The True Cost of Training
by Gayla R. Sherry, SPHR, BOL Guru
The ads say ...... "A powerful program?"
"Learn how to make presentations with confidence?"
"A powerful, one-day seminar that will launch you to peak performance?"
Bank officers are constantly bombarded with offers for staff training opportunities through the mail, the Internet and via telephone. We can make choices from: one-day, "canned" programs; customized, onsite programs; videos and audio cassettes; CD-ROMs and even web-based training. Yet, with all the opportunities available, many organizations do not consistently provide training and development for employees. Why? The most common reason that I hear is, "We can't afford it." My assertion is you can't afford not to. Here's why:
Today's workforce is generally motivated by "what's in this job for me?" Granted, part of that motivation comes in the form of a paycheck. However, researchers tell us that today's workforce is motivated by:
- Promotion potential
- Productive work atmosphere Feeling as if they are making a difference
The common thread among all these motivations is training and development. The message is, if we do not provide training, employees will seek other opportunities with employers, including your competitors.
Obviously, as employees leave the organization, turnover rates increase. Many organizations maintain good records regarding their turnover rates, but do you know what the cost of that turnover is? Here's a conservative estimate:
Recruiting costs are the costs to attract applicants, interview and select candidates. Recruiting costs range from $5,000 to $7,000 per employee - even higher for officers and executives.
Retraining costs represent the costs for the minimum amount of training needed to bring the new employee's performance to a basic level. These costs range from $3,500 to $5,000 per employee.
"Hidden" costs are the costs of decreased productivity and morale loss with employees who are performing the job duties until a new employee is hired. Risk costs: Today's tight job market and low unemployment presents a risk to the organization. The candidate pool may have limited abilities, so your organization risks hiring a replacement who is less talented than the employee you lost. Or, even worse, you may not be able to find a replacement and the position remains unfilled.
By translating these costs to the bottom line, let's assume your bank employs 100 people. If 10 employees leave your bank in a year's time, your turnover rate is 10%. Based on the direct costs for recruiting and retraining, that turnover costs you $85,000 to $120,000 per year - exclusive of the indirect costs. The purchasing power of $85,000 to $120,000 per year is significant. There are many training and development opportunities for a high quality, customized training for all of your employees, on-site, for $2,000 - $3,000 per day. You can also choose to send your employees to external training through associations, conferences and conventions. Even with material costs and travel expenses, your organization can certainly profit from providing training.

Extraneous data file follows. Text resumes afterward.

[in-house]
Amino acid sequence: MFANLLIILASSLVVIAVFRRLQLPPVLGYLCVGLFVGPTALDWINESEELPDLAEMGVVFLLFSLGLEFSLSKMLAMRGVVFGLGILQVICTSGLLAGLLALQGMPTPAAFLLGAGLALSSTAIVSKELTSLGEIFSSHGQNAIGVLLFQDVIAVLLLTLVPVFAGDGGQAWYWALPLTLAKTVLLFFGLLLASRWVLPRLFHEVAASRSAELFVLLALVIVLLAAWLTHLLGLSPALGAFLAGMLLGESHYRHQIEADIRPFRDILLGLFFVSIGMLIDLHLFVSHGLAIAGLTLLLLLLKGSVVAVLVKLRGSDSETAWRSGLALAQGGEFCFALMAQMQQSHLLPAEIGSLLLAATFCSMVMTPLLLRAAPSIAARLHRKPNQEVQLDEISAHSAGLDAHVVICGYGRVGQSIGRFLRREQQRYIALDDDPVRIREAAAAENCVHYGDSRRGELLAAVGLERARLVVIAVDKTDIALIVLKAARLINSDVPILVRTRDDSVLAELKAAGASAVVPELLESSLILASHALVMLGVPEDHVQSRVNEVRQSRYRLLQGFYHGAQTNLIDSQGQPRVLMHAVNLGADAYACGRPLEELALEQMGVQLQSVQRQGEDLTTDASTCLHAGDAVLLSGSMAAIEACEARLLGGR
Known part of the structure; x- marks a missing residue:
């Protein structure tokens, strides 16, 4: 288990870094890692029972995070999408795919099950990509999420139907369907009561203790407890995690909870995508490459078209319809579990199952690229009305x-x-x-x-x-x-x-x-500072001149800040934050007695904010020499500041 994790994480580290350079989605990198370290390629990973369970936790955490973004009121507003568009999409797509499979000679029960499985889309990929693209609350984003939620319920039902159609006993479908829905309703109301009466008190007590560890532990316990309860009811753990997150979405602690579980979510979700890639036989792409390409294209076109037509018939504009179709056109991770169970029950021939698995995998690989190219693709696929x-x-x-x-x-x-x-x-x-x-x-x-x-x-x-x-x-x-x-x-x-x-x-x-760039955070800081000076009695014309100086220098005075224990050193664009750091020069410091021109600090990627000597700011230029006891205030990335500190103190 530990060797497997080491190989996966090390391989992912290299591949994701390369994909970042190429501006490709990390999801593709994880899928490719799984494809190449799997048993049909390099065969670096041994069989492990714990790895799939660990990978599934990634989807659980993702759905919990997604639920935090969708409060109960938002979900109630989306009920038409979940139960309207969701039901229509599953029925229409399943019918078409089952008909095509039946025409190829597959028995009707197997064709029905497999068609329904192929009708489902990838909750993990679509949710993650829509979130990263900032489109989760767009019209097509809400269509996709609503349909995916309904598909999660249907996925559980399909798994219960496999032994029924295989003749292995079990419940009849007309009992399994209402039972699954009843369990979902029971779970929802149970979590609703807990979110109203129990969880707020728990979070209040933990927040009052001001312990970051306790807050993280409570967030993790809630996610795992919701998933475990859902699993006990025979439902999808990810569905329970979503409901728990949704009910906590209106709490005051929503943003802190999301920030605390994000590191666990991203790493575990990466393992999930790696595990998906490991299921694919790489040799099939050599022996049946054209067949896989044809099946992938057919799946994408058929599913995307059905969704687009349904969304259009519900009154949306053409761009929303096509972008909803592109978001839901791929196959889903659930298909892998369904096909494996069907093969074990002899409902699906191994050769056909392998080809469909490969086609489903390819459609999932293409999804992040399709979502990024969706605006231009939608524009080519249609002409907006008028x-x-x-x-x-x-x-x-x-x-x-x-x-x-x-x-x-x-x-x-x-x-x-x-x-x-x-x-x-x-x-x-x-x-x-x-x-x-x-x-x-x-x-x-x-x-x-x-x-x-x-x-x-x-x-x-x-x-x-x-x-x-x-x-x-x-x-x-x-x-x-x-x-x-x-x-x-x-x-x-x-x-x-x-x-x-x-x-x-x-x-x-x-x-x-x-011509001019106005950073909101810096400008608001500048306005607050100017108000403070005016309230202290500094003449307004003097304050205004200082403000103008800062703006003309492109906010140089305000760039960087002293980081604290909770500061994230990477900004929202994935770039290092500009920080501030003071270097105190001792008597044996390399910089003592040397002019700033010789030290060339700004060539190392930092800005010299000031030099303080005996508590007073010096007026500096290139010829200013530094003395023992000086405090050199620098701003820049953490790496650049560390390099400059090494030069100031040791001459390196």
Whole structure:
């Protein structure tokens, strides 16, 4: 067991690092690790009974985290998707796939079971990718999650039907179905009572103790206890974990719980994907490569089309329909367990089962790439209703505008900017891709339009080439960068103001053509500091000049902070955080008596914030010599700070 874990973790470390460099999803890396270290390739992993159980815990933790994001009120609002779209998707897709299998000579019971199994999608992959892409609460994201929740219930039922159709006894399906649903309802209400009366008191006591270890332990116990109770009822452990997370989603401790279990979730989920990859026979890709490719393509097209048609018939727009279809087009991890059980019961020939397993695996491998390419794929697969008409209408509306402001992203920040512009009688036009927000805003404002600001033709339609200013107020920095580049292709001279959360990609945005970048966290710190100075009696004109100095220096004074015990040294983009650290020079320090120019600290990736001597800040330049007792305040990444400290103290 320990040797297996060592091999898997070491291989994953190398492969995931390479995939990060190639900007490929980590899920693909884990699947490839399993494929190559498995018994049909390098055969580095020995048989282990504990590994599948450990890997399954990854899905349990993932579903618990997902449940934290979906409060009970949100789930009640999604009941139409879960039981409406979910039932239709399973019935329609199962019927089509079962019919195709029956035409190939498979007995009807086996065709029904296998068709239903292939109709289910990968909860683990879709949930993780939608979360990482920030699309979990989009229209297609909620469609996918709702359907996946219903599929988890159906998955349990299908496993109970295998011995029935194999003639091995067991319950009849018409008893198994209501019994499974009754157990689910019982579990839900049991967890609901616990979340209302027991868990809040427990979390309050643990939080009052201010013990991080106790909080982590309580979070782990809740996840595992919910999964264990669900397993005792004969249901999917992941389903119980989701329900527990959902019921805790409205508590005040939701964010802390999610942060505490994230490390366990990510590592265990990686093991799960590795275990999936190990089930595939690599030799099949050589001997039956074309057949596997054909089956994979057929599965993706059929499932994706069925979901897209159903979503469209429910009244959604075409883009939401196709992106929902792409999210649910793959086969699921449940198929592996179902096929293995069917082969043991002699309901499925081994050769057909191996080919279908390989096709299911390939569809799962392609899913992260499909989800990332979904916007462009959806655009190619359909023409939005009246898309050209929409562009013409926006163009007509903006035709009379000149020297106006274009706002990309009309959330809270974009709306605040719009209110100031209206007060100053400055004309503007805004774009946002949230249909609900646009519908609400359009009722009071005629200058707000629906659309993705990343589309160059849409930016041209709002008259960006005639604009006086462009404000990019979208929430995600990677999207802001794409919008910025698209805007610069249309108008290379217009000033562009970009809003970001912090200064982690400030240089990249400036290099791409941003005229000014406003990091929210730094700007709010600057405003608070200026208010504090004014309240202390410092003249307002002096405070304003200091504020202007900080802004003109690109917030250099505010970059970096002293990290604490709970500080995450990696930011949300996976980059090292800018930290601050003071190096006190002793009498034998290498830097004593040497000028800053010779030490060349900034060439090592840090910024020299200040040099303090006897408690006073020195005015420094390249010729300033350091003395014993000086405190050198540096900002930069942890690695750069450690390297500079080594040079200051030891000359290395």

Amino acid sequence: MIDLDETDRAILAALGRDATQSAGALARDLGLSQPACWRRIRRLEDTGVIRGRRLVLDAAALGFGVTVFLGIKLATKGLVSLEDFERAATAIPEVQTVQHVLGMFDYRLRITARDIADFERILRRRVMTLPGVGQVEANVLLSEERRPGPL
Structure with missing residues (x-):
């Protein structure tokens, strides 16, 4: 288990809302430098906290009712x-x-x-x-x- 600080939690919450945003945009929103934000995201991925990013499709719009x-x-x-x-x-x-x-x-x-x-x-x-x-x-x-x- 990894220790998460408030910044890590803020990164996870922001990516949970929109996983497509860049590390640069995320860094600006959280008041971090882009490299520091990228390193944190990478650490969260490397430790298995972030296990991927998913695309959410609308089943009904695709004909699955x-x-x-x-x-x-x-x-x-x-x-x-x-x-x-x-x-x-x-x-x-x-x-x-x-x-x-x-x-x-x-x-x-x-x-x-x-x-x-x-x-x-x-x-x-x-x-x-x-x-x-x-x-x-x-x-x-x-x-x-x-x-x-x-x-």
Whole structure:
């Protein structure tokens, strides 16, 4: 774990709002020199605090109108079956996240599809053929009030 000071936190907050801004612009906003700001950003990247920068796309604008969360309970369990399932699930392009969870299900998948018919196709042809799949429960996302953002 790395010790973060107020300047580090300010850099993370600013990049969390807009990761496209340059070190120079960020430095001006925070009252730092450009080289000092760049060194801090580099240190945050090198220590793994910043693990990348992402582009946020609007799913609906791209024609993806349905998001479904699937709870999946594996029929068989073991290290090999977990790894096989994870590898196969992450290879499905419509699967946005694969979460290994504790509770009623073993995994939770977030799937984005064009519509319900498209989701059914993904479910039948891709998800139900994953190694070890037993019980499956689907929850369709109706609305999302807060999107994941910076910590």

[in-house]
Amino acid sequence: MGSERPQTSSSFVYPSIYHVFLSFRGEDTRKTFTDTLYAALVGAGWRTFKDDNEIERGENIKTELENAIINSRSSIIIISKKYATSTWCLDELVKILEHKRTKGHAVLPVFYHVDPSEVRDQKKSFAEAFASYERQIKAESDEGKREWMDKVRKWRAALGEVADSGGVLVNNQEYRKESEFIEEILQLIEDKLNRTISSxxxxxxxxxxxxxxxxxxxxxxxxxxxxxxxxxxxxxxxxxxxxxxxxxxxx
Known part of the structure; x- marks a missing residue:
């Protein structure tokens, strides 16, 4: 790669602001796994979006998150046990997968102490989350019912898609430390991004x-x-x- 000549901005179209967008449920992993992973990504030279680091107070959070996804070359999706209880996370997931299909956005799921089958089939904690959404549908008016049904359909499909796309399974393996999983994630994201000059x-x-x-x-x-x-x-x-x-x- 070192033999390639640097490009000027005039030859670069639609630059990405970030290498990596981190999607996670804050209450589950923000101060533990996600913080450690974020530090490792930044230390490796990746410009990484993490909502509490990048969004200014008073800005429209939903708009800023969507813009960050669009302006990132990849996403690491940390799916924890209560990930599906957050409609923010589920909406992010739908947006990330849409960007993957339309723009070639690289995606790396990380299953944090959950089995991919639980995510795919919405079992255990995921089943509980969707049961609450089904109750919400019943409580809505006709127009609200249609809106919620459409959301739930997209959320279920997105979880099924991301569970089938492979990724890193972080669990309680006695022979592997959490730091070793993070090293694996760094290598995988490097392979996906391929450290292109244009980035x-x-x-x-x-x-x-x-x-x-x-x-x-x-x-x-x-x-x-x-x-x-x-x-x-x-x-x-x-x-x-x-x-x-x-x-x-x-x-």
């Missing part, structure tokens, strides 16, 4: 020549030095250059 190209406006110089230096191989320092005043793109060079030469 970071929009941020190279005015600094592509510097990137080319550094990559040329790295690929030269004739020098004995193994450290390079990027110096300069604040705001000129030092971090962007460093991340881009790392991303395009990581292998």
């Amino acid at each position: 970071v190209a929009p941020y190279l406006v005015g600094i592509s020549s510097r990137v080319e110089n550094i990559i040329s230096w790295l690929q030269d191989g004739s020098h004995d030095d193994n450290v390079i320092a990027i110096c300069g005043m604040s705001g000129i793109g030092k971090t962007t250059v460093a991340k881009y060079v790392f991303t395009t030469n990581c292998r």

Once you've decided to invest in training for your staff, where do you begin? Here are some ideas?
What are Your Needs?
Initially, it's important to analyze what your needs are. More than likely, you have noticed something in your bank that is different - is morale suddenly in a tailspin? Do you have a sudden increase in serious customer complaints? Is absenteeism higher than usual? Are teller losses increasing? Are you writing off more loans, absent a poor economic situation?
Determine Options for Training and Development
In many cases, you may have someone on staff who can assist in providing the training and development your staff needs. If you want to look externally, getting referrals and "word of mouth" references are the best methods for selecting potential training. Ask other bankers for references and referrals, as well as your local chamber of commerce.
Regardless of the options you choose, it is worthwhile to invest some time - before the training is arranged - in making sure the training will fit your needs. Ask for references, sample video and/or audio tapes, examples of training materials, etc. A very important aspect is to ensure that the training professional's personality will fit with those of your employees.
Select the Options That Best Meet Your Needs
When evaluating proposals, our tendency may be to select proposals with the lowest cost. However, costs can be misleading - check for hidden costs or add-on costs for travel, participant materials, etc. Look for training that is specific to the banking industry and customized for your organization. Keep in mind that you are evaluating an investment, and analyze the return on the investment! Low cost may mean low quality.
Schedule the Training
Scheduling can be a challenge! Select training on a date and time for the training that is generally acceptable for the majority of the participants - you are not likely to please everyone! If possible, try to schedule the training during working hours, but away from the bustle of the bank's business transactions. If scheduling does not work during regular hours, select morning, evening or weekend times that are feasible. Remember that it is very difficult to learn when the participants are tired or feel as if their work is accumulating while they are in the training session. Also, the opportunity to attend training is viewed by many employees as a perk!
Can't afford employee training and development? You can't afford not to?
Gayla Sherry is president of Gayla R. Sherry Associates, Inc., a firm specializing in human resources consulting, organizational development, training and facilitation. You can contact Gayla via email at email@example.com or phone: (405) 755-0597
Copyright © 2007 Bankers' Hotline. Originally appeared in Bankers' Hotline, Vol. 17, No. 5, 05/07
First published on 05/07/2013